As well as the multimillion-dollar settlement, Google will have to make changes to how its Play Store operates for a number of years.
Following Epic Games’ victory over Google last week (11 December), the details of another antitrust settlement with the search giant have been revealed, showing Google will have to pay $700m.
First filed by more than 30 states in July 2021, the lawsuit accused Google of “unlawfully restraining trade and maintaining monopolies in the markets for Android software application distribution”.
A settlement for this case was reached in September 2023 but the details were kept confidential until after the Epic Games lawsuit came to a close.
As part of the deal, Google will pay $629m into a settlement fund for consumers and $70m into a fund that will be used by the US states. The remaining $1m will be used for settlement administration.
As well as the financial settlement, Google will make several small changes to its Play Store. For at least five years, it will simplify users’ ability to choose an alternative in-app billing system if offered and the app developer can encourage users to choose their billing services through different pricing options.
For at least seven years, it will continue to technically enable Android to allow the installation of third-party apps on mobile devices through means other than Google Play.
For at least six years, Google must allow developers to use contact information obtained inside or outside the app to communicate with users outside of the app, including to promote alternatives to Google Play’s billing system.
Wilson White, Google’s vice-president for government affairs and public policy, said Google is pleased to reach an agreement. “We look forward to making these improvements that will help evolve Android and Google Play for the benefit of millions of developers and billions of people around the world.”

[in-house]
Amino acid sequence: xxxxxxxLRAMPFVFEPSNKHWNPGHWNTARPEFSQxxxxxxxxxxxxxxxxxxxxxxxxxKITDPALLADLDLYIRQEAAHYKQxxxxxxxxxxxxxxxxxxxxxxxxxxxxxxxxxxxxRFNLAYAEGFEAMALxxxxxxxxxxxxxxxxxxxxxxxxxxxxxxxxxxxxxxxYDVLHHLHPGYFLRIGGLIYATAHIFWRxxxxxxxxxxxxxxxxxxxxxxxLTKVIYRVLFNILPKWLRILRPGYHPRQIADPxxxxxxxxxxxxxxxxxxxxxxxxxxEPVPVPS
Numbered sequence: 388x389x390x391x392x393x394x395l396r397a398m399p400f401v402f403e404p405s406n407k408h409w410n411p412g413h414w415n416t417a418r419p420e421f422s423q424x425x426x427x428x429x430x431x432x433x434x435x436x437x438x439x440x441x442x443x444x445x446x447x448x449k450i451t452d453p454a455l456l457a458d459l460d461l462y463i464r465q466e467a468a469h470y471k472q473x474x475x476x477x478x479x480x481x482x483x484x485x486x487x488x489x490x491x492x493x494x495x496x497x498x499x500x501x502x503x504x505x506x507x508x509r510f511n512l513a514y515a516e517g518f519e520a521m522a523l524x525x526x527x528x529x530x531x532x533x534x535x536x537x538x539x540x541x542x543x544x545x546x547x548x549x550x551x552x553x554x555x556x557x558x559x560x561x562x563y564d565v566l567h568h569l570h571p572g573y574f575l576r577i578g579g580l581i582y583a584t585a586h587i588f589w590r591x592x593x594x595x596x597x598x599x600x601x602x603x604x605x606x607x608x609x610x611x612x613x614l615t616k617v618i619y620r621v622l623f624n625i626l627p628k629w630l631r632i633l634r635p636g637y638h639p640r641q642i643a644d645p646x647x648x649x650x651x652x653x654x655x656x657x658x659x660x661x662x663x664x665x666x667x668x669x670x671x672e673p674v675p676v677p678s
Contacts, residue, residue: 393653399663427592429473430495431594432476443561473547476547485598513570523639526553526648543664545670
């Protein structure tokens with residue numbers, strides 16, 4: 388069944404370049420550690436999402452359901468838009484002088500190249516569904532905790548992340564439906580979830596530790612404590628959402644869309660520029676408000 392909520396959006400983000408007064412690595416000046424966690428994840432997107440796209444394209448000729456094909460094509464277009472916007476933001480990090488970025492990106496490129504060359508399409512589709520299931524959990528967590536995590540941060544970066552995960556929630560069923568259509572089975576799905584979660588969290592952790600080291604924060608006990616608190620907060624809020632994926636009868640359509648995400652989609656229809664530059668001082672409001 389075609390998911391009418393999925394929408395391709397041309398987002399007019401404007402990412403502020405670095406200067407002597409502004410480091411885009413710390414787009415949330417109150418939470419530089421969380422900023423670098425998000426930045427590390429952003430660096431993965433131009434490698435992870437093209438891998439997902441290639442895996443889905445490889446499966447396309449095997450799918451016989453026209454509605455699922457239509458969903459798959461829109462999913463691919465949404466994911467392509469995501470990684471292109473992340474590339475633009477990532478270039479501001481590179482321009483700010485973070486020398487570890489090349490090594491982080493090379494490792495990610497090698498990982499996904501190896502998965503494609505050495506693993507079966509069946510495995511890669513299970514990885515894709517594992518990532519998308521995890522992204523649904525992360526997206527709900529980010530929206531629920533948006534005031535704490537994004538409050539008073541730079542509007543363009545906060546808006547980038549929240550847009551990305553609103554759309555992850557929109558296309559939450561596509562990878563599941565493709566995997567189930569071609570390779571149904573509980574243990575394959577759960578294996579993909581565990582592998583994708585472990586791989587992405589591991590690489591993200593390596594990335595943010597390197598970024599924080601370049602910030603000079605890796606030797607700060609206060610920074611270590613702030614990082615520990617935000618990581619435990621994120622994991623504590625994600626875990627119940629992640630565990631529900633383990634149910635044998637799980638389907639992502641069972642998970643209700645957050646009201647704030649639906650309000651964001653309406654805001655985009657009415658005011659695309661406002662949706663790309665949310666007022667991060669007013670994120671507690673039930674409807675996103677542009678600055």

The settlement follows the major Google v Epic Games case in which the jury voted that the search giant has monopoly power when it comes to its Play Store and that it has engaged in anticompetitive practices. The jury also agreed that Google has unlawfully made a link between the Google Play Store and the Google Play Billing payment services.
Corie Wright, vice-president of public policy at Epic Games said the settlement between Google and the state attorneys general means there is “no true relief for consumers or developers”.
“In Epic v Google, a jury unanimously found that Google violated the antitrust laws in its dealings with developers, potential competitors and [original equipment manufacturers]. The states’ settlement does not address the core of Google’s unlawful and anticompetitive behaviour,” he said.
“In the next phase of the case, Epic will seek meaningful remedies to truly open up the Android ecosystem so consumers and developers will genuinely benefit from the competition that US antitrust laws were designed to promote.”
In Europe, Google is also facing an investigation over its adtech practices. The European Commission sent a statement of objections earlier this year where it accused the tech company of favouring its own ad exchange in the ad selection auction.
Updated, 5.55pm, 19 December 2023: This article was updated to include a statement from Epic Games.
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